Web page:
Materiality and Disclosure Under Clause 36 of the Listing Agreement

[The following guest post is contributed by Supreme Waskar, who is a corporate
lawyer]
By an order passed earlier this month, an
adjudicating officer of SEBI imposed a fine of Rs. 2 crores on New Delhi Television Ltd. (“NDTV”) for failure to promptly disclose material information to
stock exchanges under clause 36 of the listing agreement.
Facts of the case
On February 21,
2014, NDTV had received a tax demand of Rs. 450 crores from the income tax
department for the assessment year 2009-10 (“Information” or “Event”).
However, NDTV informed the stock exchanges (“SEs”) more than three months later i.e. May 26 & 29, 2014 pursuant to clarification sought by the
SE. SEBI held that not disclosing the Information promptly to the SEs was a
failure on the part of NDTV to comply with clause 36 of the listing agreement
(“Clause 36”).
Principal
issues 
– Whether the Information was material in nature which required prompt
disclosure under Clause 36?
– Whether the non-disclosure of Information violated the provisions of
Clause 36?
– Whether the violation, if any, attracts monetary penalty under Section
23A and 23E of SCRA?
NDTV’s submissions
Materiality

(i) The
disclosure requirements under Clause 36 are restricted to those
litigation/disputes which will have a material impact on operations,
profitability or financials of the company. Since the alleged tax demand was
based on mere non-application of mind and bore no merit in law and relying on
professional advice and on the basis of b
onafide and reasonable belief
it took the view that Information was not material in nature;
 (ii) NDTV gave reference of SEBI order in the matter of IPO of Onelife Capital
Advisors Lt
d. wherein it was held: “The words
“material” and “materiality’ have not been defined in the ICDR Regulations.
However, as understood in the market parlance and also defined in explanation
to regulation 5 of the SEBI (Issue and Listing of Debt Securities) Regulations,
2008 in the same context, “material” means anything which is likely to impact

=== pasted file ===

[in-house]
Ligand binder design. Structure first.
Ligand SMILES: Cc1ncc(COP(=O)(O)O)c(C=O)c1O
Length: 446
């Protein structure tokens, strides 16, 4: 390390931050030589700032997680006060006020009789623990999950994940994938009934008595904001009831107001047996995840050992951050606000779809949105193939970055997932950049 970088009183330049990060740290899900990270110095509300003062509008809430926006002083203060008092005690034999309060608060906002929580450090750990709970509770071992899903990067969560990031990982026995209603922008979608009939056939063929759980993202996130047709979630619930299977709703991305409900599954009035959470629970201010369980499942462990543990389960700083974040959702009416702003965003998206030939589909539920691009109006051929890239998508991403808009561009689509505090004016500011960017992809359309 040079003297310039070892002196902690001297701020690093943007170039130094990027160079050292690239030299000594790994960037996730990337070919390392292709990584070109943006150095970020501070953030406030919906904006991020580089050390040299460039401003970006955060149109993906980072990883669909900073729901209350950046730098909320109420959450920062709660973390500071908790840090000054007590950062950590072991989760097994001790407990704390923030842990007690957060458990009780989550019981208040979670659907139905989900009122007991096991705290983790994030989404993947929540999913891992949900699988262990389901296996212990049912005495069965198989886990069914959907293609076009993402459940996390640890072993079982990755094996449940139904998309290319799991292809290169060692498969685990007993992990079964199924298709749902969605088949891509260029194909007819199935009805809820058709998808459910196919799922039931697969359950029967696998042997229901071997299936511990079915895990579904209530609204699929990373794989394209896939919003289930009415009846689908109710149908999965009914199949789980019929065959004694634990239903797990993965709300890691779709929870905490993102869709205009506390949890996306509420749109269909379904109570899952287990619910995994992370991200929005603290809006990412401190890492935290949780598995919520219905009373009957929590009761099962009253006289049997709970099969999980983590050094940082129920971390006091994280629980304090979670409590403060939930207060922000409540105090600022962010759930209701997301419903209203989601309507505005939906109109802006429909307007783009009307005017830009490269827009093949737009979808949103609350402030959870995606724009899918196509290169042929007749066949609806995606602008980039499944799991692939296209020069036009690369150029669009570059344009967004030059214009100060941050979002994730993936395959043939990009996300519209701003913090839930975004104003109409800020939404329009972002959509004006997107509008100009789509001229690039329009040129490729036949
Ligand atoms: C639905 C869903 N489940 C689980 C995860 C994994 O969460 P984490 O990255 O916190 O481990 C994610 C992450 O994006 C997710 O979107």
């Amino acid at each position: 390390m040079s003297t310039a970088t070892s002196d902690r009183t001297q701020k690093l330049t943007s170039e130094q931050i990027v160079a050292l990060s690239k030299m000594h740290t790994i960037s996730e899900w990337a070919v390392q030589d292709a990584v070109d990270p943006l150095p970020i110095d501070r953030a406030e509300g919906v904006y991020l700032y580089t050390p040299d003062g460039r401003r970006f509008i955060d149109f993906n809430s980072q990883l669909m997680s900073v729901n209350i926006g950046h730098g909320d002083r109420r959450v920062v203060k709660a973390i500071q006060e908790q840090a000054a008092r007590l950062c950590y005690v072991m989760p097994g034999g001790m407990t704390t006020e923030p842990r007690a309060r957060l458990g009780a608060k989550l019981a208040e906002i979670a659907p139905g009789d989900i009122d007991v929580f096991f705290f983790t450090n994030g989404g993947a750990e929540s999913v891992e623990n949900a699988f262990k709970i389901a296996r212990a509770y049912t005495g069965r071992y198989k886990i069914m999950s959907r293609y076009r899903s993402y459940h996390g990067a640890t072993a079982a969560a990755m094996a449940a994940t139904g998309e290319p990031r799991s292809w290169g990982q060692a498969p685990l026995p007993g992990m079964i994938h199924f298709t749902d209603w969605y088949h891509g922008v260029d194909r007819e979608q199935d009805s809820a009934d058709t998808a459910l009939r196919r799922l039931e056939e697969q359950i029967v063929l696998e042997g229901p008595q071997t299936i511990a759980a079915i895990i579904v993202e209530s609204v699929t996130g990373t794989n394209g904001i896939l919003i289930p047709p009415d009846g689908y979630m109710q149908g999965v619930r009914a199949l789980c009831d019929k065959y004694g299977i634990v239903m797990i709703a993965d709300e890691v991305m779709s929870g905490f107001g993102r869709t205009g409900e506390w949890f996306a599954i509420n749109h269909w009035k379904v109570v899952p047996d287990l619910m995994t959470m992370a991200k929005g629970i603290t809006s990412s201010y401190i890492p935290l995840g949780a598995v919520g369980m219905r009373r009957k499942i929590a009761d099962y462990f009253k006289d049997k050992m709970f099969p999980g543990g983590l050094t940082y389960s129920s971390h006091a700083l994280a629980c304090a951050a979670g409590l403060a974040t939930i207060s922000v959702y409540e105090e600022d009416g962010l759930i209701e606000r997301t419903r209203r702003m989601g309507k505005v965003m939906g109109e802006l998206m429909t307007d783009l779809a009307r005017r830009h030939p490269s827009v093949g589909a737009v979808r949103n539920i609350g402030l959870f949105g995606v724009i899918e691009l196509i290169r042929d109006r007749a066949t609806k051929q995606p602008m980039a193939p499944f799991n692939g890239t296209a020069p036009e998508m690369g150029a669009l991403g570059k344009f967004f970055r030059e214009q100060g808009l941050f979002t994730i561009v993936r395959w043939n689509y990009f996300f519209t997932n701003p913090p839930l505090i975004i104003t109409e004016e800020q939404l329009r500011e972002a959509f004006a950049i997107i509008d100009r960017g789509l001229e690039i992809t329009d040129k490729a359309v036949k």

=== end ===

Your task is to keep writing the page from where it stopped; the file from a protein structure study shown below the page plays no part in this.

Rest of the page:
an investors’ investment decision.
” Further since there was no adverse
impact on the price of shares even after the Information was made available on
the SEs, the Information was not material in nature.

On imposition of penalty

– NDTV placed
reliance on the order of the  Supreme
Court in the matter of Hindustan
Steel Ltd. v. State of Orissa
(1969) 2 SCC 627 wherein
it was held: “Even if a minimum penalty is prescribed, the authority competent
to impose the penalty will be justified in refusing to impose penalty, when
there is a technical or venial breach of the provisions of the Act or where the
breach flows from a bona fide belief that the offender is not liable to act in
the manner prescribed by the statute.”

SEBI’s case
– The Information disclosed on
May 29, 2014, also contained the fact that stay has been granted for the
operation of the tax demand which was a subsequent development not existing at
the time when the disclosure obligation arose. Hence no inference can be drawn
that this information was not material as it did not contribute in any way to
the investors’ decision to invest or exit the Company;

– Materiality – SEBI noted that the amount
involved in the income tax demand was larger than the revenue of the company
and significantly larger than its net profit i.e. net loss in the recent
financial year as also greater than its net worth. Although it is the
prerogative of companies to decide on materiality, in this case, the amount is
material particularly considering the financials of the Company and information
ought to have been disclosed;

– On imposition of penalty –
SEBI referred to the decision of (i) Hindustan
Steel Ltd. v. State of Orissa
, however NDTV had failed to furnish the